North Dakota Student Loan Debt Has Increased 125% At NDSU, UND


According to the Grand Forks Herald, student loan debt accumulation has increased dramatically over the last decade:

In the 2010-2012 school year, undergraduate and graduate students at UND and North Dakota State University borrowed an average of $7,855 in a year, according to the university system report released Friday. That’s up 125 percent over the past decade.

For a comparison, the Midwest inflation rate in that same period was 27 percent, according to the U.S. Bureau of Labor Statistics.

“The increase indebtedness is due to a number of factors, including students’ ability, starting in 2007, to borrow more than previously allowed, and the rapid increase in tuition rates,” writes reporter Jennifer Johnson, but that’s a little misleading. Most students aren’t in the habit of borrowing more than they need. They’re going into debt to finance a degree. If tuition weren’t also skyrocketing, they wouldn’t need to borrow more no matter what the borrowing limits.

Of course, tuition no doubt increased because raided borrowing limits provided the market elasticity, proving once again the vicious cycle between tuition subsidies and tuition increases. The more we subsidize tuition, the more expensive it becomes.

But what’s really bad is that even as tuition, and thus indebtedness, goes through the roof the value of the degrees the students are purchasing isn’t increasing:

UND alumni living in North Dakota made an average salary of $36,862 a year in 2012, said the UND report, which surveyed those graduating from December 2009 to August 2010. The report came out in May. Those living in Minnesota make an average $43,023. Those living in other states make $48,174.

The same study also broke down salaries by schools within the university, and it’s pretty much as expected: Graduates of the School of Engineering and Mines and the School of Medical and Health Sciences make more than graduates of the School of Education and Human Development.

But it also shows that first-year salaries have not kept up with inflation for many. While engineering graduates have seen salaries grow 11 percent between 2000-2001 and 2009-2010, inflation in that period was 20 percent. Med school graduates have seen salaries grow 4 percent. Education graduates have seen salaries grow 23 percent. Aerospace graduates have it the worse; they’ve seen their salaries grow less than 1 percent.

In short, students are paying far more (and accumulating a lot more debt) for degrees that are, frankly, worth less.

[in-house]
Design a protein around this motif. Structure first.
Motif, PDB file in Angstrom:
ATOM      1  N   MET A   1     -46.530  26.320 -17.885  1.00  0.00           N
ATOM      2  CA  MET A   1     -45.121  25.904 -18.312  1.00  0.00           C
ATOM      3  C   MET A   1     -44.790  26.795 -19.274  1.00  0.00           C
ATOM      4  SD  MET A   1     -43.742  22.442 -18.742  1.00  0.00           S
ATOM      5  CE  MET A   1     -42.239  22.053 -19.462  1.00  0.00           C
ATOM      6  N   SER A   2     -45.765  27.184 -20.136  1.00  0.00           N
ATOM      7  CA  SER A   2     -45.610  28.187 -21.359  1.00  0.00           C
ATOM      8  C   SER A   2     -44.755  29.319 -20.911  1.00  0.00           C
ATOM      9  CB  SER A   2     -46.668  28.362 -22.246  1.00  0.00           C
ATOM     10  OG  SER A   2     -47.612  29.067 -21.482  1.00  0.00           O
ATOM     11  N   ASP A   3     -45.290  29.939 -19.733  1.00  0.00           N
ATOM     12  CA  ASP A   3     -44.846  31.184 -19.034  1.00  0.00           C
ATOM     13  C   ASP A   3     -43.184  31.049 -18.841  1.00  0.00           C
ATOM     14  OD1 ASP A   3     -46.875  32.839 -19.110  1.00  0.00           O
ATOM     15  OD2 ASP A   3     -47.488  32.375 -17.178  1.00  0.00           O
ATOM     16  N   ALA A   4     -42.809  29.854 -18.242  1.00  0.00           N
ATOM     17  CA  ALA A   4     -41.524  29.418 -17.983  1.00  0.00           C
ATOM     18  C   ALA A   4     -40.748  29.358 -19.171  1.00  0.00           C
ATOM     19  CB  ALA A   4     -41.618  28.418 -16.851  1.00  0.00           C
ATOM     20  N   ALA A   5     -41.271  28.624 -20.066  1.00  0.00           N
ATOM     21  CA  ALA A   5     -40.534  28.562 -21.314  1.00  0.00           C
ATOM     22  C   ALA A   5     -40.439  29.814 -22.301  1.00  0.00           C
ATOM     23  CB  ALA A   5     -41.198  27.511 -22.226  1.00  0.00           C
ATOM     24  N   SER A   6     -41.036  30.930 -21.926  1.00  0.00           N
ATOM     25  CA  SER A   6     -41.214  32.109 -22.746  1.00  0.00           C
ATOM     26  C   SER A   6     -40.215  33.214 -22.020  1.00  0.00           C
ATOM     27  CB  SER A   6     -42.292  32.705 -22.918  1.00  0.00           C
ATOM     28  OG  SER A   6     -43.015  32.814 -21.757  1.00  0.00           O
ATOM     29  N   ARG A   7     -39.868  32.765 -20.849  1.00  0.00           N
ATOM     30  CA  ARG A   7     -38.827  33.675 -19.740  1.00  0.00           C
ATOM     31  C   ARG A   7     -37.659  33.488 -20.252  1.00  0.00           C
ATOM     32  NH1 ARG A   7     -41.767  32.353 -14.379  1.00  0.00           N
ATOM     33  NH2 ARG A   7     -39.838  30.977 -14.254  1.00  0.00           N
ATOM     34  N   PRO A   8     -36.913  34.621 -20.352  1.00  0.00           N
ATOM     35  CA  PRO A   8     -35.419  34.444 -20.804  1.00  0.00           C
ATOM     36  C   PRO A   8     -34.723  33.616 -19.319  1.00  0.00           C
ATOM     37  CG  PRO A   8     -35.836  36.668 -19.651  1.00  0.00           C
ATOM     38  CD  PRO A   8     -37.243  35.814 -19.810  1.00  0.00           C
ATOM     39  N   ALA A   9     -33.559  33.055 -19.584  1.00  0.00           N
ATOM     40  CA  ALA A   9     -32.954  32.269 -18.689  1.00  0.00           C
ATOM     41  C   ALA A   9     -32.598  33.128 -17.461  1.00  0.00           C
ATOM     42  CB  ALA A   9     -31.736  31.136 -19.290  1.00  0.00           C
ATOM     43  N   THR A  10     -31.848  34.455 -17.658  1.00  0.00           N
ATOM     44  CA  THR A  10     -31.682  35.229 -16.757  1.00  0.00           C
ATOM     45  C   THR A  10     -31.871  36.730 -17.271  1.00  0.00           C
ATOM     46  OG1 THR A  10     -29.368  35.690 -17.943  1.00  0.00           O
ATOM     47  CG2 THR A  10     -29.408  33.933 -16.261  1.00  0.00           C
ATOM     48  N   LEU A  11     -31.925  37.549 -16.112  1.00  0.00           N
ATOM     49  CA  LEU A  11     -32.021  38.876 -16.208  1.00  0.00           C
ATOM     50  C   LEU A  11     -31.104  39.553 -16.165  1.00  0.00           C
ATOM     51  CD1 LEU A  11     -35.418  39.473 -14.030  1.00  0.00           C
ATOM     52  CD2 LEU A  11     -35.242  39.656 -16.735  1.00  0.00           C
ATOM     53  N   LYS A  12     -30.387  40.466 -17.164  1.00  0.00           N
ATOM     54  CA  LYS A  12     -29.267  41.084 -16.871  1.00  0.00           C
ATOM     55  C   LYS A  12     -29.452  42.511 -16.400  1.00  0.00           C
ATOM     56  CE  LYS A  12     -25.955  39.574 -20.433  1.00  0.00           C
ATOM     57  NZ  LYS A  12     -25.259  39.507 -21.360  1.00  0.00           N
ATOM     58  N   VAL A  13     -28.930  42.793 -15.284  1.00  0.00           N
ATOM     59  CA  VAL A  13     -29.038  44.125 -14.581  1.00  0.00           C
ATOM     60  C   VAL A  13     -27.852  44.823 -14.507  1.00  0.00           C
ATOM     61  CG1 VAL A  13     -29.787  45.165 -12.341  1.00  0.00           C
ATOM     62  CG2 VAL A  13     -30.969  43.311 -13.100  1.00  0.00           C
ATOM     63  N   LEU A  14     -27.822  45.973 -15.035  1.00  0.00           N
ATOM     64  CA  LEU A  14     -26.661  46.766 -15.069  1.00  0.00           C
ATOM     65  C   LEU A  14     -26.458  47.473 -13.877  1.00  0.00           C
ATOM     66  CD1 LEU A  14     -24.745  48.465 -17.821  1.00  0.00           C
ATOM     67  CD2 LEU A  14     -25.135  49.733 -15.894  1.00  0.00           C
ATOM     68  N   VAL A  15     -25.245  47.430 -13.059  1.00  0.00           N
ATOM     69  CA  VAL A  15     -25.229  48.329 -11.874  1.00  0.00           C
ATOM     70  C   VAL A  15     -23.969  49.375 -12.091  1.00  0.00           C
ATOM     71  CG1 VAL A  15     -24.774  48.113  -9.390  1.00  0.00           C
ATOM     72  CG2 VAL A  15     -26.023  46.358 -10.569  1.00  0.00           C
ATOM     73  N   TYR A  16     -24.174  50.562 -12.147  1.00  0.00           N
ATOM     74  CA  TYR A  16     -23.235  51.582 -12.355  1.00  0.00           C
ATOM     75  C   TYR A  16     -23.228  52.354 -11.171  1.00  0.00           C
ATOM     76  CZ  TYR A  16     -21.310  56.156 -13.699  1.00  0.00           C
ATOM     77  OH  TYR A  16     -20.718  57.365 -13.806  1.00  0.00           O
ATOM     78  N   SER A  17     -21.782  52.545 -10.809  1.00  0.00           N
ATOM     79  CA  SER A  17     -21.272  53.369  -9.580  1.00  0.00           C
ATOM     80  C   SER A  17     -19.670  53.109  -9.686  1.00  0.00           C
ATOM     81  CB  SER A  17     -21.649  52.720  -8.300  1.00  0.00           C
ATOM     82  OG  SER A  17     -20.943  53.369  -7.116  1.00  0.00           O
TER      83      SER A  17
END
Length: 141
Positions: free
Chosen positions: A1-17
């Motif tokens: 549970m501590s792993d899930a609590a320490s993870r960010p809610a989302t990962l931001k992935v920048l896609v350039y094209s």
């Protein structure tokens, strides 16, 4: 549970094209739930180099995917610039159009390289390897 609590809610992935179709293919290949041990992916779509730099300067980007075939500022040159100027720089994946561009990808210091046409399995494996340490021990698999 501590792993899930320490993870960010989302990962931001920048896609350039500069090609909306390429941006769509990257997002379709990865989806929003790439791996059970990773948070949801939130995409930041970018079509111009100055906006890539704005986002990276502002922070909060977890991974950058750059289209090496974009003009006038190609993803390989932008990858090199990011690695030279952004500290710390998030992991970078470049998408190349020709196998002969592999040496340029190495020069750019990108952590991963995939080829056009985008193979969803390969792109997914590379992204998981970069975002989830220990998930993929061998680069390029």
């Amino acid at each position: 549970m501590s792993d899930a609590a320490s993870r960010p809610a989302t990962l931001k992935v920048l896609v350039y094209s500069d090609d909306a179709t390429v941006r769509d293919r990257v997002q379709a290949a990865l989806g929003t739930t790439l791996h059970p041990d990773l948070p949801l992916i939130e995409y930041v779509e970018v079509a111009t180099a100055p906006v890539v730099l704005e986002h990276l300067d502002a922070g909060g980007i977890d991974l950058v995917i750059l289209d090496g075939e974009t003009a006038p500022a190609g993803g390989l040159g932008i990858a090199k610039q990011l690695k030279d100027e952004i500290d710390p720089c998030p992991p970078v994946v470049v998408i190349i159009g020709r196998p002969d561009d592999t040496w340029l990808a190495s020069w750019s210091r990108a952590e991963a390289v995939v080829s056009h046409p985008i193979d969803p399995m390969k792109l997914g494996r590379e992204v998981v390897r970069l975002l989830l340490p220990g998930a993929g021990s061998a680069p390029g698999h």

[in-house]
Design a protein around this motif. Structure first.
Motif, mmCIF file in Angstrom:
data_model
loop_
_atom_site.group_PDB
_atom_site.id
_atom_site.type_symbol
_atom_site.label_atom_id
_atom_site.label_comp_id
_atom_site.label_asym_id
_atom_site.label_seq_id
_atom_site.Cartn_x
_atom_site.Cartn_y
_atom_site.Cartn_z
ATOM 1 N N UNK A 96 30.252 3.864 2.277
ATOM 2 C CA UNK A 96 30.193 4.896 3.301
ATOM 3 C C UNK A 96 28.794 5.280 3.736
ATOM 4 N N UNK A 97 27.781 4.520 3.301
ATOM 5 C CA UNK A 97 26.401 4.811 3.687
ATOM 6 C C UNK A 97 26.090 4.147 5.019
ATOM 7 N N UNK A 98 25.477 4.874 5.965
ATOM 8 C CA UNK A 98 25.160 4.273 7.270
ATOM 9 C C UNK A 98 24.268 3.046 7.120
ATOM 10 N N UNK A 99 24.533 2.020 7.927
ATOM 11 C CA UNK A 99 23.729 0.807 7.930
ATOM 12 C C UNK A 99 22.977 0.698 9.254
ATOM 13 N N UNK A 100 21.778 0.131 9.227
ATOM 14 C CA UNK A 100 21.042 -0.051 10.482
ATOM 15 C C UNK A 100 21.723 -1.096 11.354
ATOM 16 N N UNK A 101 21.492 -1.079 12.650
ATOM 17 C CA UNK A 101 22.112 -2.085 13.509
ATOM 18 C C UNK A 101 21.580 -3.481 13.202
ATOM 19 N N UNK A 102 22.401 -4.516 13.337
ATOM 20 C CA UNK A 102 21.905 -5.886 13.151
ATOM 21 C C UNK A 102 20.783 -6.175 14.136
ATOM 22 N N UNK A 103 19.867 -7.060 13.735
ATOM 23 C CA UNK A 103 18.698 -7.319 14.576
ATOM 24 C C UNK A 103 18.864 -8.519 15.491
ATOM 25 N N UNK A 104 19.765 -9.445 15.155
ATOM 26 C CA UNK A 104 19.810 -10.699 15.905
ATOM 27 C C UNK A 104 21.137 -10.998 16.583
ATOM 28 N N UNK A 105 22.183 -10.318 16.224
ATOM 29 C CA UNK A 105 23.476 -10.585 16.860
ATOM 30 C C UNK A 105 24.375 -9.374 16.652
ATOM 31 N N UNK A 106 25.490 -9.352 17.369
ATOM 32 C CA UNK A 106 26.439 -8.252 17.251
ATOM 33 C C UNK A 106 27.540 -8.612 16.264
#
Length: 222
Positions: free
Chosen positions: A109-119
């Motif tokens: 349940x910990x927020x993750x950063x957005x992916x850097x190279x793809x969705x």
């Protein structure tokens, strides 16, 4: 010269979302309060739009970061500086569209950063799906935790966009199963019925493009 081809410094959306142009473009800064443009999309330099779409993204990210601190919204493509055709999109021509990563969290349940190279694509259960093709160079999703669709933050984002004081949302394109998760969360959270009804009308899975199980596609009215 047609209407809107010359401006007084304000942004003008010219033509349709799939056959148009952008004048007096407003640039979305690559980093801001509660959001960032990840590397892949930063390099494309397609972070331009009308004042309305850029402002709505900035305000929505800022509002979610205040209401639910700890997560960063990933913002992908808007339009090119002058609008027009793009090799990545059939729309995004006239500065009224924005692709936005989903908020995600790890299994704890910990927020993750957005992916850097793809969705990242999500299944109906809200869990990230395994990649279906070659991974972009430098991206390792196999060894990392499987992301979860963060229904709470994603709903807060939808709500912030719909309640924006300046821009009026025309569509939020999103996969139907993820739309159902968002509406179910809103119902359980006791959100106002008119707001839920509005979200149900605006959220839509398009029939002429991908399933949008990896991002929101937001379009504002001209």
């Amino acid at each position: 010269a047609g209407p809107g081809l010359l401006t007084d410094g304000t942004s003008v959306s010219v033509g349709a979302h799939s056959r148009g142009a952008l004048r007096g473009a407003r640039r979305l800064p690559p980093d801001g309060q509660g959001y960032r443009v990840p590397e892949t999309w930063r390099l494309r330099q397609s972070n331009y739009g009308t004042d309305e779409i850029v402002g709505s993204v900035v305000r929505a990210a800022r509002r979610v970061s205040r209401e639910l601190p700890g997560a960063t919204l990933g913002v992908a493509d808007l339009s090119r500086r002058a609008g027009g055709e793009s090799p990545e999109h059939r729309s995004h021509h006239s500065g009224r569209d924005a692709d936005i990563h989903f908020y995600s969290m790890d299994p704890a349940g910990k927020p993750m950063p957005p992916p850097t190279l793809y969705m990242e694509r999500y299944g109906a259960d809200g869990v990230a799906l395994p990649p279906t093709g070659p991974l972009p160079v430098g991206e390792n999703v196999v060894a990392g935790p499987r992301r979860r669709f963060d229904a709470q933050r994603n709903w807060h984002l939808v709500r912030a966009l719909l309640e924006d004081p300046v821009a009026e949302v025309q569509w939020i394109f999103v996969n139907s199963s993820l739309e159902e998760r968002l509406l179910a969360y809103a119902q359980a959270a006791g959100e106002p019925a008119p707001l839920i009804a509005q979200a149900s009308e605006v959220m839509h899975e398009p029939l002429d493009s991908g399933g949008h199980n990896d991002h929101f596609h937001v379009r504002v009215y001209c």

But here’s a question: Why has tuition gone through the roof? The primary purpose of state universities is to provide affordable higher education. The taxpayers subsidize these institutions so that, in turn, they can provide cost-effective degree programs. Given the growth in tuition (not to mention fees) we know the cost-effective part isn’t true any more. And, given the lavish investment North Dakotans have made into the university system, we know it’s not due to a paucity of public funding:


What you’re looking at is a 150% increase in total higher education appropriations (assuming Governor Dalrymple’s budget recommendations for the coming biennium are approved by the legislature, which they probably will be with little change) and just an 8% increase in enrollment.

Our per-student funding of higher education has gone through the roof. But tuition has also gone through the roof. So where is all this additional money going? Why isn’t this increase in taxpayer spending holding tuition down?

The answer, of course, is because the university system isn’t prioritizing students. The money is being spent on bloating university payrolls. As we can see from this chart, non-instructional employees in the university system has grown 40% over the last decade versus just a 3.5% increase for instructional employees:

graph (1)

Campuses are getting bigger. The perks and paychecks for faculty and administrators are getting more lavish. The sports programs are bigger than ever. But it’s all a bubble, being inflated by heavy taxpayer subsidies and staggering amounts of student loan debt.

Our state universities – again, started to provide cost-effective education for the students of this state – are providing educations that are increasingly overpriced while subsidizing a high-on-the-hog existence for the university system elite.